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Help rehabilitate this 200-year-old building

The Blue Grass Trust for Historic Preservation has received a grant to rehabilitate Latrobe’s Pope Villa.

A brick home with arches and pillars.

The Pope Villa was designed by one of America’s first professional architects. | Photo courtesy of Blue Grass Trust for Historic Preservation

Table of Contents

In 1811, architect Benjamin Henry Latrobe, aka the man behind designing the White House and US Capitol, began work on a home for Kentucky Senator John Pope + his wife Eliza in Lexington. Now, it’s known as Latrobe’s Pope Villa, located at 326 Grosvenor Ave. in the historic Aylesford neighborhood.

Since 1988, the Blue Grass Trust for Historic Preservation (BGT) has tended to and cared for the building with the hopes of rehabilitating it to its full neoclassical glory. Now, BGT is putting out a Request for Expression of Interest to look for someone to match its recent $748,000+ grant from Save America Treasure. Here’s everything you need to know about the space.

Latrobe’s Pope Villa

The 19th century home is one of three surviving residences designed by Latrobe in the US. The neoclassical-style building is defined by its arch-shaped, pillar-flanked entryway.

The grant will go toward essential repairs to the home, including:

  • Installing a new roof
  • Restoring the second-floor rotunda
  • Masonry stabilization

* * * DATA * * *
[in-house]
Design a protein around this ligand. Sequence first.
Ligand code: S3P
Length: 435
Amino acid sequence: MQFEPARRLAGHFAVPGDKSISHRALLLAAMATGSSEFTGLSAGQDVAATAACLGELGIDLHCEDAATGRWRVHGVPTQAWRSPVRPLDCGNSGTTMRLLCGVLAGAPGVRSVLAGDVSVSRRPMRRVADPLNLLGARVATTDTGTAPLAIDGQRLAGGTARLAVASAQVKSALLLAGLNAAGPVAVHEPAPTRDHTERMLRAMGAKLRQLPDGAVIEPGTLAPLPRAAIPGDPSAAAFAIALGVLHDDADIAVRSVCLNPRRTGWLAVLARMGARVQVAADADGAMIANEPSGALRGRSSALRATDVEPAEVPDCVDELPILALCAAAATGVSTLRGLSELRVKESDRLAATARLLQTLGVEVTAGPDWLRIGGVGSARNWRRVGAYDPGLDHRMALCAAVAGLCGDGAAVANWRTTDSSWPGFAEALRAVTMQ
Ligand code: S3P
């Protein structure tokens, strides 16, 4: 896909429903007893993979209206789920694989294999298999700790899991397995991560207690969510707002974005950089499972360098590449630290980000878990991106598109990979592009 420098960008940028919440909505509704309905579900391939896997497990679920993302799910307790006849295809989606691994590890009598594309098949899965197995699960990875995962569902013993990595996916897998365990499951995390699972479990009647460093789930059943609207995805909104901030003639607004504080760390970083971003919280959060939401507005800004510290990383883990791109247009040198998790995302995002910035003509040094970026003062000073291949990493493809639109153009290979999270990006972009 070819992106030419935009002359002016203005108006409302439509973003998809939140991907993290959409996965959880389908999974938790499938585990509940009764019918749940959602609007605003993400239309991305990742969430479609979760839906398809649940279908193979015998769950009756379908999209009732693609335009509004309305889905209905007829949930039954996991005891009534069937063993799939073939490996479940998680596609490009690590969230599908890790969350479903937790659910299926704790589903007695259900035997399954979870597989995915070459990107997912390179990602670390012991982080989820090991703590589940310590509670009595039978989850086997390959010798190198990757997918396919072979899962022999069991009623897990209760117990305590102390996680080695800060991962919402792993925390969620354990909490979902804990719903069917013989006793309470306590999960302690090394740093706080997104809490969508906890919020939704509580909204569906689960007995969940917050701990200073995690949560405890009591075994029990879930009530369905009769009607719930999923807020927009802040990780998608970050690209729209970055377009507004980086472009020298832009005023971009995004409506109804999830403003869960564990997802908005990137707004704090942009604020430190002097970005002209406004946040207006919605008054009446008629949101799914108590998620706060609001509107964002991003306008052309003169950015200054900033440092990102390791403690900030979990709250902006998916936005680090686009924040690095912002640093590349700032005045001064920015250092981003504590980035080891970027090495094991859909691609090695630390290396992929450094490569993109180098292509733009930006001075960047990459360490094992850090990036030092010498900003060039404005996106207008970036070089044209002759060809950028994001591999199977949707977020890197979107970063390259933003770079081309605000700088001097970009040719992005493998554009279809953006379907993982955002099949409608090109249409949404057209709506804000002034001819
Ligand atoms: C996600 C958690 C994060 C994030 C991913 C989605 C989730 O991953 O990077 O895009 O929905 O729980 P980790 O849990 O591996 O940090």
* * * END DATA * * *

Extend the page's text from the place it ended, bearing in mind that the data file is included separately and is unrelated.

• Reframing throughout the building
An entryway to a home featuring arches, bricks, and weathered walls.

Examples of neoclassical architecture include the White House + the Villa La Rotonda in Italy. | Photo courtesy of Blue Grass Trust for Historic Preservation

The future

Following these foundational improvements, BGT hopes that whoever matches the grant can rehabilitate the home and find a long-term use for it. Jonathan Coleman, executive director of BGT, says preservation-minded corporations, developers, individuals, and nonprofits are invited to submit a request.

Parties that intend to send in a Request for Expressions of Interest should be ready to detail goals for the building including:

  • What it will be reused as
  • Potential partners to help with preservation
  • Where funding will come from
  • Outlining experience with previous rehabilitation projects

Coleman adds that the ideal candidate is someone who has preservation at the forefront, can ensure the home’s maintenance, and turn it into a space that is open for the community.

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